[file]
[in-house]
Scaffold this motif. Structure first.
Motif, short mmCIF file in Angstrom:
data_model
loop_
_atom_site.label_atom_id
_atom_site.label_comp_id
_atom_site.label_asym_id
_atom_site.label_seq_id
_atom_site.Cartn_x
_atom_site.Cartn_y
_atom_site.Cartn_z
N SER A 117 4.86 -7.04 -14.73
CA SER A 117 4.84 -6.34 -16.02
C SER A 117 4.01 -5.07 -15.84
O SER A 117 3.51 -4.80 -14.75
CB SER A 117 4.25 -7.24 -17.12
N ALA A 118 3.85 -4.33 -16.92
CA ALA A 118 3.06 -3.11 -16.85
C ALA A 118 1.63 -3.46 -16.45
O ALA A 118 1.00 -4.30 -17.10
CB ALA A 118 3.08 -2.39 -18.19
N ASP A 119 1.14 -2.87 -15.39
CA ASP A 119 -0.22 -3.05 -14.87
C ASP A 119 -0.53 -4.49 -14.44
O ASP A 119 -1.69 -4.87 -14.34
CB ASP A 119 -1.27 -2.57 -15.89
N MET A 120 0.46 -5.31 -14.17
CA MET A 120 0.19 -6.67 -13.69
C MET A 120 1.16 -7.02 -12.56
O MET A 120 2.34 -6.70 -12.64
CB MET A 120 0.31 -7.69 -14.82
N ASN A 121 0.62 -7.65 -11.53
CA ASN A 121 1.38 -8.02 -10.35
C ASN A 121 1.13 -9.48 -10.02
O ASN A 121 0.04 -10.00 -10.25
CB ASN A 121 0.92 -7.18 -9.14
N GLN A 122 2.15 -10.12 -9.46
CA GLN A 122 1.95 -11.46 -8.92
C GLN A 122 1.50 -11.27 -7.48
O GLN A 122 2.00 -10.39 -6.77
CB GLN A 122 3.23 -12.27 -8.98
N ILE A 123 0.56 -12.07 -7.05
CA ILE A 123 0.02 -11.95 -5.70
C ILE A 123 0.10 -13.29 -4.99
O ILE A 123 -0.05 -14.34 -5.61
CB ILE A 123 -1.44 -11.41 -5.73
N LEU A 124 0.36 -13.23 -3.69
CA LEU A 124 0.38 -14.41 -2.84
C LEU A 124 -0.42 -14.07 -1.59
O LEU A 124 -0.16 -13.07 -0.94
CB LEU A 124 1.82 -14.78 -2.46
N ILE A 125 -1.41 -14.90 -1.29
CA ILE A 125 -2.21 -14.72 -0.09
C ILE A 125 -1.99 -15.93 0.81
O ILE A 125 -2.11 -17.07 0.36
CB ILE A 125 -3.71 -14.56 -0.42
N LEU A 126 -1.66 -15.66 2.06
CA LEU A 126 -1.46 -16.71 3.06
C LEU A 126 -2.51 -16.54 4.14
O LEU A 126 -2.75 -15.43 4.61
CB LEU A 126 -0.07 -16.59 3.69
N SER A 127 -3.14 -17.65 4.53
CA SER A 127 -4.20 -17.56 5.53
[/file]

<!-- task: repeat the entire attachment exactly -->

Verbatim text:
[in-house]
Scaffold this motif. Structure first.
Motif, short mmCIF file in Angstrom:
data_model
loop_
_atom_site.label_atom_id
_atom_site.label_comp_id
_atom_site.label_asym_id
_atom_site.label_seq_id
_atom_site.Cartn_x
_atom_site.Cartn_y
_atom_site.Cartn_z
N SER A 117 4.86 -7.04 -14.73
CA SER A 117 4.84 -6.34 -16.02
C SER A 117 4.01 -5.07 -15.84
O SER A 117 3.51 -4.80 -14.75
CB SER A 117 4.25 -7.24 -17.12
N ALA A 118 3.85 -4.33 -16.92
CA ALA A 118 3.06 -3.11 -16.85
C ALA A 118 1.63 -3.46 -16.45
O ALA A 118 1.00 -4.30 -17.10
CB ALA A 118 3.08 -2.39 -18.19
N ASP A 119 1.14 -2.87 -15.39
CA ASP A 119 -0.22 -3.05 -14.87
C ASP A 119 -0.53 -4.49 -14.44
O ASP A 119 -1.69 -4.87 -14.34
CB ASP A 119 -1.27 -2.57 -15.89
N MET A 120 0.46 -5.31 -14.17
CA MET A 120 0.19 -6.67 -13.69
C MET A 120 1.16 -7.02 -12.56
O MET A 120 2.34 -6.70 -12.64
CB MET A 120 0.31 -7.69 -14.82
N ASN A 121 0.62 -7.65 -11.53
CA ASN A 121 1.38 -8.02 -10.35
C ASN A 121 1.13 -9.48 -10.02
O ASN A 121 0.04 -10.00 -10.25
CB ASN A 121 0.92 -7.18 -9.14
N GLN A 122 2.15 -10.12 -9.46
CA GLN A 122 1.95 -11.46 -8.92
C GLN A 122 1.50 -11.27 -7.48
O GLN A 122 2.00 -10.39 -6.77
CB GLN A 122 3.23 -12.27 -8.98
N ILE A 123 0.56 -12.07 -7.05
CA ILE A 123 0.02 -11.95 -5.70
C ILE A 123 0.10 -13.29 -4.99
O ILE A 123 -0.05 -14.34 -5.61
CB ILE A 123 -1.44 -11.41 -5.73
N LEU A 124 0.36 -13.23 -3.69
CA LEU A 124 0.38 -14.41 -2.84
C LEU A 124 -0.42 -14.07 -1.59
O LEU A 124 -0.16 -13.07 -0.94
CB LEU A 124 1.82 -14.78 -2.46
N ILE A 125 -1.41 -14.90 -1.29
CA ILE A 125 -2.21 -14.72 -0.09
C ILE A 125 -1.99 -15.93 0.81
O ILE A 125 -2.11 -17.07 0.36
CB ILE A 125 -3.71 -14.56 -0.42
N LEU A 126 -1.66 -15.66 2.06
CA LEU A 126 -1.46 -16.71 3.06
C LEU A 126 -2.51 -16.54 4.14
O LEU A 126 -2.75 -15.43 4.61
CB LEU A 126 -0.07 -16.59 3.69
N SER A 127 -3.14 -17.65 4.53
CA SER A 127 -4.20 -17.56 5.53